A variety of equipment is great, says VanDyke; you want a full-service gym to have a little of everything. But there's more to consider.
''Test it out,'' she says. ''Is the equipment clean? Are there sprays or wipes that you can see throughout the gym for cleaning the equipment? Are there signs that say 'OUT OF ORDER'?''
You can discover all this during your initial tour of the facility simply by being observant, adds Bryant. Are the locker rooms unkempt? Are the showers dirty or leaking? Is the hot tub cloudy? Do the machines look like they're in poor condition? If so, it's not the place you want to spend your money or your time.
6. What Amenities Are Offered?
In addition to access to machines and free weights, most memberships at full-service clubs include group fitness classes, lockers and showers, towels and -- depending on the size of the club -- racquetball and tennis courts, and a pool.
If the club you choose offers many of these options, expect to pay more than you would to join a small fitness center with a few treadmills and free weights.
7. What Are the Hours?
Consider your own schedule here. Don't necessarily be lured by a gym that's open 24 hours, or turned off by one that keeps banker's hours. The important thing is that it is open when you plan to work out.
''If the facility has limited hours and you need more flexibility, then it's not the best choice for you,'' warns Bryant.
On the other hand, if you have a flexible schedule, you may be able to save money and time with a mid-day membership. This is the least busy time at a gym; so it may offer lower prices for those willing to come during these off-peak hours.
Visit the gym during the hours you will be working out. This will give you a feel for how busy the club will be and what's offered.
''Sometimes if you visit during non-peak times, that's not how it's going to be. If you're going to be fighting for machines, you may not like that,'' Bryant says.
''Lots of times, people will say, 'We have 50 classes a week','' says VanDyke, ''but you're not going to be there 24 hours a day. If you can only go between 5 and 6 a.m., there probably aren't a lot of classes being taught at that time.''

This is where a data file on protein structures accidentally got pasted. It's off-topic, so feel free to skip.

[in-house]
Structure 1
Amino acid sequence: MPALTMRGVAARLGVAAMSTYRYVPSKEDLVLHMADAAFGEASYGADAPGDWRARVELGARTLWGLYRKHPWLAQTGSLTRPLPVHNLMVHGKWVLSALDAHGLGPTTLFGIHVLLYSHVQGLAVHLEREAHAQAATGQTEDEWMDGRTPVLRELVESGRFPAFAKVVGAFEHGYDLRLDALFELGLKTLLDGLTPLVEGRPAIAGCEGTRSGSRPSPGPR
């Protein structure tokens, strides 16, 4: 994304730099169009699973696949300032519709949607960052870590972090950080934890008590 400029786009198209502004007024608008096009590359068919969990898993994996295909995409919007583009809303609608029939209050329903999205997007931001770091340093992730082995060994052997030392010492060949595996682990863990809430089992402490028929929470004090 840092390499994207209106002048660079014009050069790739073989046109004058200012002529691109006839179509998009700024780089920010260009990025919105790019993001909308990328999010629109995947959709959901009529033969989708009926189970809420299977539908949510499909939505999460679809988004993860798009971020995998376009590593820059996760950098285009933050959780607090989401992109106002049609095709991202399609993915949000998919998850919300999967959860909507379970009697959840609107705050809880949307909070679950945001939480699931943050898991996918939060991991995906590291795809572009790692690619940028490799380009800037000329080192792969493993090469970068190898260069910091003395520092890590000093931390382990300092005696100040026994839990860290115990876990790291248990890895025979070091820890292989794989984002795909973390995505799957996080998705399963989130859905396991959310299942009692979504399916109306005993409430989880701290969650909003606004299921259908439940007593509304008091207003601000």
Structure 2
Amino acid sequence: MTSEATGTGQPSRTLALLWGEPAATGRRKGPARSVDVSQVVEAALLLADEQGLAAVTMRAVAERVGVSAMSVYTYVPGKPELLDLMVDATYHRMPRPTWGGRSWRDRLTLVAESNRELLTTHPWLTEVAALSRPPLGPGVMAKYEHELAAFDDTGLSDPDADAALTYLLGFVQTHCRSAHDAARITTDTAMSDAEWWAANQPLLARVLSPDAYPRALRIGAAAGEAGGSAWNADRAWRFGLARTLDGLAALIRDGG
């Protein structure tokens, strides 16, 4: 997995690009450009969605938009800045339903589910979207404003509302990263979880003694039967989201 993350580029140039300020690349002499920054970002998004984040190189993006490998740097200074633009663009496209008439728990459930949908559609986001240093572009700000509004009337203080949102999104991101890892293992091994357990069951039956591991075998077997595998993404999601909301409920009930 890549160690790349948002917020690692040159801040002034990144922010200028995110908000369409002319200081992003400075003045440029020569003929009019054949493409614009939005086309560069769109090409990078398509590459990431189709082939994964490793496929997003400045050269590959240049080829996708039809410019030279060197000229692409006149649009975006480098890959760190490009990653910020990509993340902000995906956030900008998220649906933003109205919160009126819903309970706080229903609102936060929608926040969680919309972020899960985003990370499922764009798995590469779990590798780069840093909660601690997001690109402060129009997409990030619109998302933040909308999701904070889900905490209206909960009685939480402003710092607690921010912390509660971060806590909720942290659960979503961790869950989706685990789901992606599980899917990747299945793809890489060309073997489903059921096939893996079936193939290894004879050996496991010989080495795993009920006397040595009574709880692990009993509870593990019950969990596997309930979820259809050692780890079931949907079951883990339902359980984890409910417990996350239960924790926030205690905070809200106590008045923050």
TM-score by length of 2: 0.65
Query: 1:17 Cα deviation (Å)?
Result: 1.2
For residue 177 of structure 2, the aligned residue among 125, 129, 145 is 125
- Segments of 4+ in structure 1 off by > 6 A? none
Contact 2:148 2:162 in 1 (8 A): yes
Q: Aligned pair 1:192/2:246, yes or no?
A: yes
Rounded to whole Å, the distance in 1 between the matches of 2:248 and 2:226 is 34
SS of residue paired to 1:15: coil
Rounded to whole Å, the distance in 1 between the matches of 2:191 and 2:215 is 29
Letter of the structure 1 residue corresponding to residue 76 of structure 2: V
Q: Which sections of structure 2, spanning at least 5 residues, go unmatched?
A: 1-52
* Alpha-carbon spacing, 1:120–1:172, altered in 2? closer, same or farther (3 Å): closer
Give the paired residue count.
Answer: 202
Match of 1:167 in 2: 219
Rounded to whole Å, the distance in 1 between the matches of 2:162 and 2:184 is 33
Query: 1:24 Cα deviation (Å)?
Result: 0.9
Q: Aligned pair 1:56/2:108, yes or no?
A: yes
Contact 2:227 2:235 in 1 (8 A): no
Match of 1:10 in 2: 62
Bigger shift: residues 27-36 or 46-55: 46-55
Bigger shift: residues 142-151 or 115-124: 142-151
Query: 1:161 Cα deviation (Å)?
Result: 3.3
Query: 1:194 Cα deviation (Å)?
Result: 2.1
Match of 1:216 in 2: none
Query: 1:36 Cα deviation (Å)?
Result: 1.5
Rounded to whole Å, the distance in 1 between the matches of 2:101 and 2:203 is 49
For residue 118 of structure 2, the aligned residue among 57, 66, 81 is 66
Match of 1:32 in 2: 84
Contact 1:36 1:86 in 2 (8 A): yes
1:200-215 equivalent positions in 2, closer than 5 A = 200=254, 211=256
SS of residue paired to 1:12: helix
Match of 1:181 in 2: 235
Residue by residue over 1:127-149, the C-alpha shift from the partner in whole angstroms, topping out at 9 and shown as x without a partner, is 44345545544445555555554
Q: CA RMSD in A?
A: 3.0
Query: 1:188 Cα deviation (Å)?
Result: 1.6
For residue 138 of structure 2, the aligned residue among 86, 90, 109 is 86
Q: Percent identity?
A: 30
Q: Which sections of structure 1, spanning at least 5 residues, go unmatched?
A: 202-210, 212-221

If you want classes, find out when the ones you want are offered. If you want to swim, find out when the open swim times are and be sure they fit your schedule, she says.
''Before you sign a contract or put down that registration fee,'' says VanDyke, ''take a step back and figure out what is available during the hours you can get to the gym.''
8. What Is the Total Cost?
Fitness is not cheap. Whether you join a studio or a full-service gym with day care, showers and a pool, you'll be incurring a new expense.
''Unfortunately, people do not look at it as an investment in their body," says VanDyke. "They look at it as another bill.''
Cost is usually tied to what the gym has to offer, says VanDyke. Don't pay for the newest, nicest health club if you're never going to need the showers, the lockers, child care, or the pool. If all you want is to run on a treadmill, there may be a less expensive option in your area. Instead of $150 a month, you might pay $30.
If a spouse and children are in the picture, ask about family memberships, adds Mallett: ''You're probably going to save money by doing that.''
Whatever gym you join, read the fine print, says Bryant.
''Inquire about payment policies,'' he says. ''If they ask you for a long-term commitment, that would make me a little leery. Most places don't lock you into something long-term.''
Find out if there are allowances for special circumstances, such as the birth of a child or the illness of a parent, suggests Bryant. Ask about the club's policies on temporarily freezing a membership or adjusting it to fit your needs.
''We live in such a time-pressured, hectic society,'' he says. ''We have seasons of life, and there may be a season where it's just too hectic for you to get to the gym.''
9. Is There a Reciprocity Agreement?
If you travel a lot, make sure the club you join has a reciprocity agreement with other clubs, suggests Bryant. For example, membership to an International Health, Racquet and Sportsclub Association (IHRSA) club allows you access to IHRSA clubs in other cities.
The more consistently you exercise, the more likely it is to become a part of your daily life. Having a club close by when you're out of town will keep you honest and committed to your fitness regimen.
10. What Kind of Reputation Does It Have?
It's a good idea to talk to other members about the quality of the club you're thinking of joining, and to find out what they like about it.
But don't be afraid to get some impartial information, too. Bryant suggests checking with the Better Business Bureau to see if any complaints have been lodged against the facility you're considering.
In the final analysis, says Bryant, go with your gut.
"You want to find a facility where you can be most comfortable - a place with the equipment that's going to help you stick with it," he says. "That's how you're going to derive the long-term benefits."